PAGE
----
Tuesday, January 24, 2006

Randomly numbered Thing About Me #31

With thanks and apologies to Marigoldie, whose reward for inspiring me is out and out theft of intellectual property.

31. My earliest experience with religion was a one room Baptist church heated in winter by a wood burning stove. It was the only church for miles around our country neighborhood, so my mother, fearing that I’d grow up heathenish, sent me to Sunday School there. We sang hymns like Onward Christian soldiers and
The B-i-b-l-e, Yes That’s the Book for Me. The minister used to say that Jesus was with us in the room, but no matter how I squinted my eyes, I couldn’t see him.

I remember most of the bible stories I was taught. And can still clearly recall my Sunday School teacher turning the pages in a book of blank, colored, felt squares. Red is for the blood of Jesus. White is for Goodness. Black is for our sin.

I liked Sunday School. It was something different to do. One Sunday, my mother forgot (that’s how I saw it) to send me. I was about four and didn’t keep track of what day of the week it was. I was wandering the neighborhood and noticed that Sunday School was in progress. As usual, I was dressed in battered overalls and the sensible lace up shoes my mother forced me into so my feet would grow up perfectly. It didn’t occur to me to worry that I wasn’t in a little dress with my hair brush-bashed into temporary neatness. Sunday School was on and I went.

I remember my mother’s horror of what the neighbors must think – her child showing up in old play clothes with uncombed hair.

Later my parents went to meetings with other people and sat on stacking chairs while they fund-raised for a United Church. I taught Sunday School there and sang in the choir. The United Church didn’t have such good picnics and there was less potato salad involved in social gatherings.

Although the story of Jesus was inspiring, I always related more to Greek myths which I consumed with great appetite at about age 10 or 11. The Gods were just as cranky and unpredictable (how about that pillar of salt thing, for cranky, folks?) but they weren’t…well…quite as good. Quite as impossible to live up to. And they had more fun.

It was then I became Greek.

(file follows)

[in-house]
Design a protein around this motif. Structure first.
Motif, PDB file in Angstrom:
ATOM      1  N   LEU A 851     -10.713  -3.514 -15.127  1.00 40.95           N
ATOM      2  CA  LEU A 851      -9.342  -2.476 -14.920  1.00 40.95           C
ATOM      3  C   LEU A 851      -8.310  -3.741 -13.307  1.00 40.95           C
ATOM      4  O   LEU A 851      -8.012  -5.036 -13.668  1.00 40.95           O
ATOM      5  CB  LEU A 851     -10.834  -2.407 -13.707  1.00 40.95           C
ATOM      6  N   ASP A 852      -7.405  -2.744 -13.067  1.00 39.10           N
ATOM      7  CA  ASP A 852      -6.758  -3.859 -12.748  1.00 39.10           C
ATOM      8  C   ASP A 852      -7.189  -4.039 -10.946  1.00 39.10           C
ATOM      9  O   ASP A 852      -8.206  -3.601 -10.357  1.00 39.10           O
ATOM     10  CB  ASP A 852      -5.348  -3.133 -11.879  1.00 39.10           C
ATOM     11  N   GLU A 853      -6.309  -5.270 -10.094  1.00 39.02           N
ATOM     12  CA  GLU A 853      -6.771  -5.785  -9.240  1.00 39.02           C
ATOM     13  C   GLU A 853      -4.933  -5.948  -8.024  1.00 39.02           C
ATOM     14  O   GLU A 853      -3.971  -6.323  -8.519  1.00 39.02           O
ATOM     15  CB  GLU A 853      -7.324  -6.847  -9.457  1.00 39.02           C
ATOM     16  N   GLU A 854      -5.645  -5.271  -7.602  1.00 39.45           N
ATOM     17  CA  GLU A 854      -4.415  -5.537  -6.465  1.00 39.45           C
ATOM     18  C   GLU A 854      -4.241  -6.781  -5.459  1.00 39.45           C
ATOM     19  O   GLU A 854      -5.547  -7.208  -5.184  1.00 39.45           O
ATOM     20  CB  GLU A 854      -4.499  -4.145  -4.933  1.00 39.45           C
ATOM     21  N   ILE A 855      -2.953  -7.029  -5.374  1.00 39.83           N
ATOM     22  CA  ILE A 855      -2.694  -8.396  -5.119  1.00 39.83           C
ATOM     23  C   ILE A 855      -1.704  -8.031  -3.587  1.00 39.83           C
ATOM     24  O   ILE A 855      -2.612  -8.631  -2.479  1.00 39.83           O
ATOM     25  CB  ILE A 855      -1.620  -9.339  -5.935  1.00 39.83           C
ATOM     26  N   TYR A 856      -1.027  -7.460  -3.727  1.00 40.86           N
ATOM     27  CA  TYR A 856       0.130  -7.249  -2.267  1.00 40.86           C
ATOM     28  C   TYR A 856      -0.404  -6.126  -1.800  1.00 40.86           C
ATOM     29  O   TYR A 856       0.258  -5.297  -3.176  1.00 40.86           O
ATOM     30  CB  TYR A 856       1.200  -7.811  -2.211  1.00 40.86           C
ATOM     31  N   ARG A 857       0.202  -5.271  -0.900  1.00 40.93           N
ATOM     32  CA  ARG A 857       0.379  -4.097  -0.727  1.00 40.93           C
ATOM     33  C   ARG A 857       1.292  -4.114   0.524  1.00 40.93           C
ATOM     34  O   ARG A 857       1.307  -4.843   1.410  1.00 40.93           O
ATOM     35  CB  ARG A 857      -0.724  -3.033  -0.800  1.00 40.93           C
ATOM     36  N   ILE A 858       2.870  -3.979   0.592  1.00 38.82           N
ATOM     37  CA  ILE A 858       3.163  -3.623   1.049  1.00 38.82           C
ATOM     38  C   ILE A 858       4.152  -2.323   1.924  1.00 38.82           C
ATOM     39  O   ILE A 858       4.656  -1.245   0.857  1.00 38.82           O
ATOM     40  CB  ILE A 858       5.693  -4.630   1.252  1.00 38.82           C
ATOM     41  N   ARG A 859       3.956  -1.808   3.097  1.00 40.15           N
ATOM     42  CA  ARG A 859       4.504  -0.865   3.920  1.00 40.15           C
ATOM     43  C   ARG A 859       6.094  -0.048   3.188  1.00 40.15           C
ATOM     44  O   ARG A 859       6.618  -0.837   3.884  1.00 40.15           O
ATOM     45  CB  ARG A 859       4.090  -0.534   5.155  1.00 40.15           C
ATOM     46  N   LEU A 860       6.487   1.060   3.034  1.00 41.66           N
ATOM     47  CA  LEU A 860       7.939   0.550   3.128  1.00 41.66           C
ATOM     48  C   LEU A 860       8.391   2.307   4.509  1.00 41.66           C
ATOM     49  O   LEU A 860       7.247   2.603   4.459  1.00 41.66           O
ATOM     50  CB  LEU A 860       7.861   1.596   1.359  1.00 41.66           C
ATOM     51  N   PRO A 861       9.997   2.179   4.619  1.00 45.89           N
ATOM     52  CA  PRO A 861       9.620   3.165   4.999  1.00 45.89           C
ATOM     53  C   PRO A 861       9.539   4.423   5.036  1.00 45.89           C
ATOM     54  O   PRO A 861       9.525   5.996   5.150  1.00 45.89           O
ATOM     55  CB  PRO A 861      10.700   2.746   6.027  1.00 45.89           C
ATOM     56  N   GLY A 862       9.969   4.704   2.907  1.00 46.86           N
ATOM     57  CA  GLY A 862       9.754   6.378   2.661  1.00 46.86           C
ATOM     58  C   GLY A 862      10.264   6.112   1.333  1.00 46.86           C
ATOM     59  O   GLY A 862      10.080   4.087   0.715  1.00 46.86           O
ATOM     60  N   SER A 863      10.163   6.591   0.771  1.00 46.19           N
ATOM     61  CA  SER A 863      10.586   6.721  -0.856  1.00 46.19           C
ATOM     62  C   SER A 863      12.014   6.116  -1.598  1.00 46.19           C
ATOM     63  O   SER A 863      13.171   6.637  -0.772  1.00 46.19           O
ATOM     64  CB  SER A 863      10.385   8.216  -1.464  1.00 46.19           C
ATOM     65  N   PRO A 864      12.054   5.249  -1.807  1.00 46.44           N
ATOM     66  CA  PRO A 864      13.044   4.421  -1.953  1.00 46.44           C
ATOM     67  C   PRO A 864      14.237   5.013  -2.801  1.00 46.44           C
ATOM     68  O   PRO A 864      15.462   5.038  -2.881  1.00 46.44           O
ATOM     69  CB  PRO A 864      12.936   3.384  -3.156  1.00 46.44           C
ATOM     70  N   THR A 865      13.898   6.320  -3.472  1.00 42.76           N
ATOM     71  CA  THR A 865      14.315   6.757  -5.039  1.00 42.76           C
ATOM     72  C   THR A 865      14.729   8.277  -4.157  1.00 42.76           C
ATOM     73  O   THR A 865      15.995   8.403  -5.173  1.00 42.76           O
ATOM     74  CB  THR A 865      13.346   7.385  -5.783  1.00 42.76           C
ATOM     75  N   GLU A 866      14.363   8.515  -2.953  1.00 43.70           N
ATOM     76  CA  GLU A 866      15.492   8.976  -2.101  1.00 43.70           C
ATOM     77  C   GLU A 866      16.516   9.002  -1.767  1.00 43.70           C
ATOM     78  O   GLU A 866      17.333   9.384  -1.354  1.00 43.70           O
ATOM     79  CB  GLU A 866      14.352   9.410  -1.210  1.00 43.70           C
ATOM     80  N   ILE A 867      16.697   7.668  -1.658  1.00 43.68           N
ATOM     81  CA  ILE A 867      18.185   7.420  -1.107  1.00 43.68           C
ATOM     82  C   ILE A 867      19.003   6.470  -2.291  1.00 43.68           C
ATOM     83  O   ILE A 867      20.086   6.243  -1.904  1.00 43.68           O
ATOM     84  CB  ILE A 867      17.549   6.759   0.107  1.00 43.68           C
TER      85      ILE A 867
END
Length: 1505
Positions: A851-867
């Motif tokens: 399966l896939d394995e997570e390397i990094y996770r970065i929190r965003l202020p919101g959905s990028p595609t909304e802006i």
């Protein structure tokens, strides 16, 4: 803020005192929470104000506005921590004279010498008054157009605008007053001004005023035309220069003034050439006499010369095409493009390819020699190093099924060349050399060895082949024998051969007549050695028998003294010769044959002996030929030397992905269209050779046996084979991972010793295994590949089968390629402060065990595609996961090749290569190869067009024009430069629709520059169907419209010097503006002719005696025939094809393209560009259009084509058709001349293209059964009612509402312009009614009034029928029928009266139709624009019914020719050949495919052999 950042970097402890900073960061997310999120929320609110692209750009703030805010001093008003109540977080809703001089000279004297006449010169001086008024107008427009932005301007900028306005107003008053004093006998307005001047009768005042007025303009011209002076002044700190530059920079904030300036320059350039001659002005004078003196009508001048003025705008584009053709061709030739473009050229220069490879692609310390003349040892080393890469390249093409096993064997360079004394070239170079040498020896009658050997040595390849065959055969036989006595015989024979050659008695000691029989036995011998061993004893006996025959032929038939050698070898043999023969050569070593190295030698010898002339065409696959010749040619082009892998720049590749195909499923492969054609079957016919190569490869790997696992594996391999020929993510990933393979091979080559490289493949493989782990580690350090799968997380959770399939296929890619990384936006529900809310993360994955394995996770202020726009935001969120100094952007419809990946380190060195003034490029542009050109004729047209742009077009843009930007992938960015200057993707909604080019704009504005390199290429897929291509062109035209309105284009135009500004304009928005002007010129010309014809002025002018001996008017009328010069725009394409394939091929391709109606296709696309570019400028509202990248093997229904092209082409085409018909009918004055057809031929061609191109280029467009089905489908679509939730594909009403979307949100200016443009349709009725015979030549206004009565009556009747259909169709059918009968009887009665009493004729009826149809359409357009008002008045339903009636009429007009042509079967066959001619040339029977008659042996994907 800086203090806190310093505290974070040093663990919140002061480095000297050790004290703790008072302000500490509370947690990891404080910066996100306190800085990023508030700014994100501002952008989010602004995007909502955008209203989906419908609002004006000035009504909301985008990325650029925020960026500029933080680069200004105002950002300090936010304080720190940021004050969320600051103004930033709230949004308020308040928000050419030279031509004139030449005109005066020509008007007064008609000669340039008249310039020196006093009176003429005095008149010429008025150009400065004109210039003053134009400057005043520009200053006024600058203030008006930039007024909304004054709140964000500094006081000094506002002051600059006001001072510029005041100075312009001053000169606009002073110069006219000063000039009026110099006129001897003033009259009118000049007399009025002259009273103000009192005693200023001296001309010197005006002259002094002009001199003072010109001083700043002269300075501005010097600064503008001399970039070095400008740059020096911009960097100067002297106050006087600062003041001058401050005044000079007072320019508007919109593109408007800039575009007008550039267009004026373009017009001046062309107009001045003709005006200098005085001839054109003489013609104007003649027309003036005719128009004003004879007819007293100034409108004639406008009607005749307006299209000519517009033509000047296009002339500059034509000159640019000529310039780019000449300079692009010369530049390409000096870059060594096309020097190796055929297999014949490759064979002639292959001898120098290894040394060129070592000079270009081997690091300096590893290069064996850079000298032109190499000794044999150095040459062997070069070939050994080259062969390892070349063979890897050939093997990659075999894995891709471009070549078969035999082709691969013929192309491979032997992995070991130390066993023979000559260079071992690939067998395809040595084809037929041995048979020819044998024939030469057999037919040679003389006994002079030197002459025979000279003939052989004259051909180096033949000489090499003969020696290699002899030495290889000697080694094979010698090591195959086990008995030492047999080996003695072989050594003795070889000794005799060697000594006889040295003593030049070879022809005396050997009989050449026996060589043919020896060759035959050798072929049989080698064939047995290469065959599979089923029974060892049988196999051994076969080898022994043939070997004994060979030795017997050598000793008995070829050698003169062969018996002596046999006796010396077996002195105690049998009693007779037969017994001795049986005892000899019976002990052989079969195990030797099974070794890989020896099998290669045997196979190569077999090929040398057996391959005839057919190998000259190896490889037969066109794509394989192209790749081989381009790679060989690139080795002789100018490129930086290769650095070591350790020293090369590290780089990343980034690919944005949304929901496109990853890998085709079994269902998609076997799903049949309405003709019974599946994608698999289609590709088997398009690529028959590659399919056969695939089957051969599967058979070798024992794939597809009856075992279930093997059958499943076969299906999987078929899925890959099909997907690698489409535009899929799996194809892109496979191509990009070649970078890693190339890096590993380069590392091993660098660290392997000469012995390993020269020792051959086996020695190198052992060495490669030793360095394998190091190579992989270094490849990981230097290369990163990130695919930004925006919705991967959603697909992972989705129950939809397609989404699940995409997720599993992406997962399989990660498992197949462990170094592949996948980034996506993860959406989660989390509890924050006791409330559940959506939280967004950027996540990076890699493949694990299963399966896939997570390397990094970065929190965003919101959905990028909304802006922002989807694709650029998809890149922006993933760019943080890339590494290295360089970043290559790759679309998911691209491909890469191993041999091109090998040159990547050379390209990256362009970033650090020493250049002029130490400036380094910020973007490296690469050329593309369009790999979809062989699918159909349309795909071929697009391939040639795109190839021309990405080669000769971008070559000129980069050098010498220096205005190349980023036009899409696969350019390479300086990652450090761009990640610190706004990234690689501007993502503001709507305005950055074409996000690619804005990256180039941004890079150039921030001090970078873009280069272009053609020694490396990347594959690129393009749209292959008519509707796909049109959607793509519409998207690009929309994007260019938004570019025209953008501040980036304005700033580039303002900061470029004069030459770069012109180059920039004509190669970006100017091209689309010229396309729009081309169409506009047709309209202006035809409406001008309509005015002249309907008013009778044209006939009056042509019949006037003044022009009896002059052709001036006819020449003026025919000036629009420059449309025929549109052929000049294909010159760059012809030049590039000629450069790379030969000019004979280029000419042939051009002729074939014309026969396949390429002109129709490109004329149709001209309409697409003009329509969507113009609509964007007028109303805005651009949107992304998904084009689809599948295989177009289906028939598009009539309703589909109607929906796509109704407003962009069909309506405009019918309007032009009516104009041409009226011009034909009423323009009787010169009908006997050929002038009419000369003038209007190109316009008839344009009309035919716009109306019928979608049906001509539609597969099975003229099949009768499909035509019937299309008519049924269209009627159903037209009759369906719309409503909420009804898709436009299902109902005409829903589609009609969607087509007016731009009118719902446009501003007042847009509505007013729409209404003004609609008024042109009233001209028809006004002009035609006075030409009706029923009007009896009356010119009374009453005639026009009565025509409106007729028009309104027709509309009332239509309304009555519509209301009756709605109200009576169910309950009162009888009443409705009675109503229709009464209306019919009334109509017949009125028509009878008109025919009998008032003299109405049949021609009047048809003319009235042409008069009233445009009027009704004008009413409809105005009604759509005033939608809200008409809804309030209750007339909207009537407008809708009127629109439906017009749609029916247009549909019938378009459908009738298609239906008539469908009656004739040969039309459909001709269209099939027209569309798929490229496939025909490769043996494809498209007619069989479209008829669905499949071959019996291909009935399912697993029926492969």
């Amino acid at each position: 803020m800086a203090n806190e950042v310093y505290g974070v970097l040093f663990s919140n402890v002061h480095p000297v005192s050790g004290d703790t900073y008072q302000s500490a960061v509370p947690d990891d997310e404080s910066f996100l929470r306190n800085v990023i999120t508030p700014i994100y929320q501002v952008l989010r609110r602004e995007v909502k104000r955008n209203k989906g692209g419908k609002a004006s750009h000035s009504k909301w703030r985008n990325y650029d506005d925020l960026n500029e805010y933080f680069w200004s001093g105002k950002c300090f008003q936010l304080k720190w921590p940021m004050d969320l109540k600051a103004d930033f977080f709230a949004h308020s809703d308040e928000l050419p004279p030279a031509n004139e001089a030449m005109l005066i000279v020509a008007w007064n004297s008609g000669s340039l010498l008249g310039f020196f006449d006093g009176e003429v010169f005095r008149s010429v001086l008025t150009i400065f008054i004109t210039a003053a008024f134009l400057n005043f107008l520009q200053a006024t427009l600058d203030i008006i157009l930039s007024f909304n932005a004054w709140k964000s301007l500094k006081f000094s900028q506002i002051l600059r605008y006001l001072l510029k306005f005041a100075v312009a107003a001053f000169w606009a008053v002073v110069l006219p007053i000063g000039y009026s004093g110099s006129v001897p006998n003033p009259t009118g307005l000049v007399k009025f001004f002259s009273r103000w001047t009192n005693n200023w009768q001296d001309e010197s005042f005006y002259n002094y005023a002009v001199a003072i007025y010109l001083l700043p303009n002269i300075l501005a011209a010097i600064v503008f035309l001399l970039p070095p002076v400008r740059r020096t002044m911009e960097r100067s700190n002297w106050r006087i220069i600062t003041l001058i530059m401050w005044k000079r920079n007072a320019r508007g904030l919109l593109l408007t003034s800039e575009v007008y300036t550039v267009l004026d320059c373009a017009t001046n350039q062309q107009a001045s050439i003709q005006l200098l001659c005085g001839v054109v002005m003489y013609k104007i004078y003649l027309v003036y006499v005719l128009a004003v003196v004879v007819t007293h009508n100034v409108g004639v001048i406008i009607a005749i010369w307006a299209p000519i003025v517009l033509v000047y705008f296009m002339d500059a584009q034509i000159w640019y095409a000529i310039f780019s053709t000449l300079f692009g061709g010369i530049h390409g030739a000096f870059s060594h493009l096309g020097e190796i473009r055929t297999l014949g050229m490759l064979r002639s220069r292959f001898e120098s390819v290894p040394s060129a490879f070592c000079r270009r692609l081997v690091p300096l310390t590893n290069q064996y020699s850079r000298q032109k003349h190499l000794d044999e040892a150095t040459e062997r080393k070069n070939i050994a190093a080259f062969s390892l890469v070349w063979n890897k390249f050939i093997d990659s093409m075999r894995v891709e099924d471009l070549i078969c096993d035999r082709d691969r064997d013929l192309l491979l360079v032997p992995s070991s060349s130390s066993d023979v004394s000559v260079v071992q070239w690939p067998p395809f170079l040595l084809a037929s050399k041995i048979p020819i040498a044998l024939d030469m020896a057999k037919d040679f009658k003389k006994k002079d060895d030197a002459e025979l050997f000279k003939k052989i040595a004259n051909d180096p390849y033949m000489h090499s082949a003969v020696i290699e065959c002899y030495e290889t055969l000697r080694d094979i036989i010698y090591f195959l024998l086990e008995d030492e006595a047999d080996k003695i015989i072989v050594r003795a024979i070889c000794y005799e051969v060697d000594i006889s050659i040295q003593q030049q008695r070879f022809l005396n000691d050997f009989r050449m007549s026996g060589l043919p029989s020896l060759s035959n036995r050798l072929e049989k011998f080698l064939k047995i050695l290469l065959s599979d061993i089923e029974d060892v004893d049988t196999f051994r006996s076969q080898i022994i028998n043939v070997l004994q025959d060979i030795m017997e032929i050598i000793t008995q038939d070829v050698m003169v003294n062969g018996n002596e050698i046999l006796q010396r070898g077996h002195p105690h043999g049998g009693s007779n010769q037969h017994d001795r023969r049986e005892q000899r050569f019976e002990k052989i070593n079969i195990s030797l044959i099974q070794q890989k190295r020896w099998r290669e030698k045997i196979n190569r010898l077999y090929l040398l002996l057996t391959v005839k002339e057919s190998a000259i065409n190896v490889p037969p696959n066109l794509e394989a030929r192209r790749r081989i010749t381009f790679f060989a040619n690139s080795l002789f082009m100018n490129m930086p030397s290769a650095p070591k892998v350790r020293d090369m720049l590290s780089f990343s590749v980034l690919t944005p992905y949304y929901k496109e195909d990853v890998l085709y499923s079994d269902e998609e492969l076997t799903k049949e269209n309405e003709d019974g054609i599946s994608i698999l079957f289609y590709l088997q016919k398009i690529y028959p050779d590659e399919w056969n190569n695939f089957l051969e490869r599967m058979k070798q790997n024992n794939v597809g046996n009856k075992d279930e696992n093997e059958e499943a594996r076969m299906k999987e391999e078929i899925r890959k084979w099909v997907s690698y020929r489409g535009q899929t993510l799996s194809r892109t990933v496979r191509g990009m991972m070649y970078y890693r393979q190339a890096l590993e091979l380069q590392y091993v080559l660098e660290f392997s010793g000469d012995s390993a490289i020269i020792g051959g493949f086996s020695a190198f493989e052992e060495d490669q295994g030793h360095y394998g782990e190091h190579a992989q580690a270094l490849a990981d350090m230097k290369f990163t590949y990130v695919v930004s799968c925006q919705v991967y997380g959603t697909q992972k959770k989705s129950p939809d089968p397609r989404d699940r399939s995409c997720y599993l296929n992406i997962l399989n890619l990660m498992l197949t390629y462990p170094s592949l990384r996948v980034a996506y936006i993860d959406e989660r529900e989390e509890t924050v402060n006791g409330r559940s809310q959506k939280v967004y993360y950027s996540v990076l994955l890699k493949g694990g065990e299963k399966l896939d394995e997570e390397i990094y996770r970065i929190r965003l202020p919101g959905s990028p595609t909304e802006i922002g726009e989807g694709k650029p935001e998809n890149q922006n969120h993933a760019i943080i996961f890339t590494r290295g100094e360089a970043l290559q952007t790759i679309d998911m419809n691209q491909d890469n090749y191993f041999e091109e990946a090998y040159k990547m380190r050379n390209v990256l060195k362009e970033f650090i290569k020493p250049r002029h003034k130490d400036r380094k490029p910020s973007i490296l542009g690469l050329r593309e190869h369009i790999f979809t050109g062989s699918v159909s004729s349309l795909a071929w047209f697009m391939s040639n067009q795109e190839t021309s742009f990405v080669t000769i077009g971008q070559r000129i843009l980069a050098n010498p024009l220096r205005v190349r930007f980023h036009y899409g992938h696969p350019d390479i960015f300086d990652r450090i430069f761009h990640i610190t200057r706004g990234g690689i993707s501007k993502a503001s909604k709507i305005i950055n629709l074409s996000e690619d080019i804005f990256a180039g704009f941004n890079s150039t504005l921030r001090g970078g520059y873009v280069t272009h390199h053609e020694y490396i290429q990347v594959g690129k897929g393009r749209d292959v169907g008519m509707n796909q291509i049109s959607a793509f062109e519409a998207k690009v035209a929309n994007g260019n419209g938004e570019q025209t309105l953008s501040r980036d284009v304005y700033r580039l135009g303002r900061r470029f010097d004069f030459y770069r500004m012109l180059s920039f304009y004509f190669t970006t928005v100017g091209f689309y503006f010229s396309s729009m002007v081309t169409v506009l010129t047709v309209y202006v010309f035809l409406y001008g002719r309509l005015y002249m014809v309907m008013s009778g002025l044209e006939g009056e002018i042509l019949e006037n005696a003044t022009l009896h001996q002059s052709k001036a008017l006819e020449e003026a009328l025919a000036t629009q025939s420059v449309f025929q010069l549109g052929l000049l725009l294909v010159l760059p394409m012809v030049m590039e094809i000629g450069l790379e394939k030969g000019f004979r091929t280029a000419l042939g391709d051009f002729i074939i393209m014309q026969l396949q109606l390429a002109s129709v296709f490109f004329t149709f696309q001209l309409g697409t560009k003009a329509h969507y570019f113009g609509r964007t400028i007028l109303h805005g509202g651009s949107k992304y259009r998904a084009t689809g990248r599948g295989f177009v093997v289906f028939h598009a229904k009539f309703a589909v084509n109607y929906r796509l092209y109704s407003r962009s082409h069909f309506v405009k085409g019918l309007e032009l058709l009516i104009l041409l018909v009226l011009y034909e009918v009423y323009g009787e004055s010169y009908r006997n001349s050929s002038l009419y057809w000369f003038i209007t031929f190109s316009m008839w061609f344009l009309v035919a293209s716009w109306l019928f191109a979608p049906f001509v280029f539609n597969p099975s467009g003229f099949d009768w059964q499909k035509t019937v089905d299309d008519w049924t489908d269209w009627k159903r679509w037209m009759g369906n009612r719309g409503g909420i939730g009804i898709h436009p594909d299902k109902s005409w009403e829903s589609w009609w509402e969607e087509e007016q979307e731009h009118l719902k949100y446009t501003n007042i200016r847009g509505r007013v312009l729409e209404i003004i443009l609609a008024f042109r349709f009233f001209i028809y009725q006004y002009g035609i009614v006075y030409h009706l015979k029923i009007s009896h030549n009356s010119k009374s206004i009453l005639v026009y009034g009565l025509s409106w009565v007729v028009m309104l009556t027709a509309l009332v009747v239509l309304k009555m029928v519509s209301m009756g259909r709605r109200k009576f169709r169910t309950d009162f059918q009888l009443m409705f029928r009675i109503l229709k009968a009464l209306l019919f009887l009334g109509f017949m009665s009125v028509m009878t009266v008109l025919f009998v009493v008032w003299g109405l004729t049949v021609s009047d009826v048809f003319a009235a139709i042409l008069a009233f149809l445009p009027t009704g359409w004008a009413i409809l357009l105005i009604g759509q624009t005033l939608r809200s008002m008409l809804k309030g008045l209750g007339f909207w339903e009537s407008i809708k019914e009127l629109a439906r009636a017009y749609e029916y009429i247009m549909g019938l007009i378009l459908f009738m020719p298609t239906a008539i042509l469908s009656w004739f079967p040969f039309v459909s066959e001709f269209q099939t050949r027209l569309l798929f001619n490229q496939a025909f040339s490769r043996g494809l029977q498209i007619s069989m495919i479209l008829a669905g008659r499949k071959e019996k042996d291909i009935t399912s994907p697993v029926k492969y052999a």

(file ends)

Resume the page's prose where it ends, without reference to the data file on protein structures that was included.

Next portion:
Just kidding.

6 comments:

Lucas said...

You had me going for a minute there on that Greek thing. Lj -- then I scrolled down another line.

Hey, how bout that election, eh?

LJ said...

Hmm. Well. Could be that Greek isn't a bad alternative to Harper. We'll see.
I'm a big NDP supporter myself - and they did better this time. The important straw to grasp in the face of the terrifying Mr. Harper is that it's a minority government - which means, hopefully, he can't do anything too fundamentalist without support. And he's not going to get support for that crap from the NDP or Liberals. What the Bloc will do? Don't know.
Me - sometimes I want to give up and resign from the human race entirely. Or throw thunderbolts from Olympus when the monkeys below piss me off.
Greece, anyone?

Marigoldie said...

Love it, love it, keep it coming--and now you have inspired ME to write about an old country church I used to attend occasionally with my junior high boyfriend.

Can't get over the image of you in your overalls and uncombed hair. I wish you had some old photos you could post.

LJ said...

I'll unearth the box and see if I can find a photo. Thanks, M.! This is fun, huh?

Teri said...

Wow. I find it disturbing that in some churches the Blood of Christ and Black Sin are topics for discussion with small children. (shudder)

I went to Catholic school on and off growing up. I remember being nine years old (5th grade maybe?) and being told, in fluffy, euphemistic terms, of course, that masturbation is a sin, which must be confessed if I were to receive forgiveness. Would you believe I confessed it?

I ask you: What's more natural than a pre-teen exploring her body and what's more unnatural (and unholy!) than a pre-teen girl sitting in a confessional telling an aging priest about it! (shudder again)

I also loved mythology when I was a youngster! Took 4 years of Latin in high school and Edith Hamilton was in my bookbag always.

Melinda said...

How much do i LOVE that you referenced "The B-I-B-L-E, That's The Book For Me"? Did you also sing "I am a C, I am a C-H, I am a C-H-R-I-S-T-I-A-N"? (What is it with the crazy Christians and their spelling, anyway?) I keep my Unitarian-raised husband entertained on car trips with my extensive repertoire of Sunday School songs...
Great blog!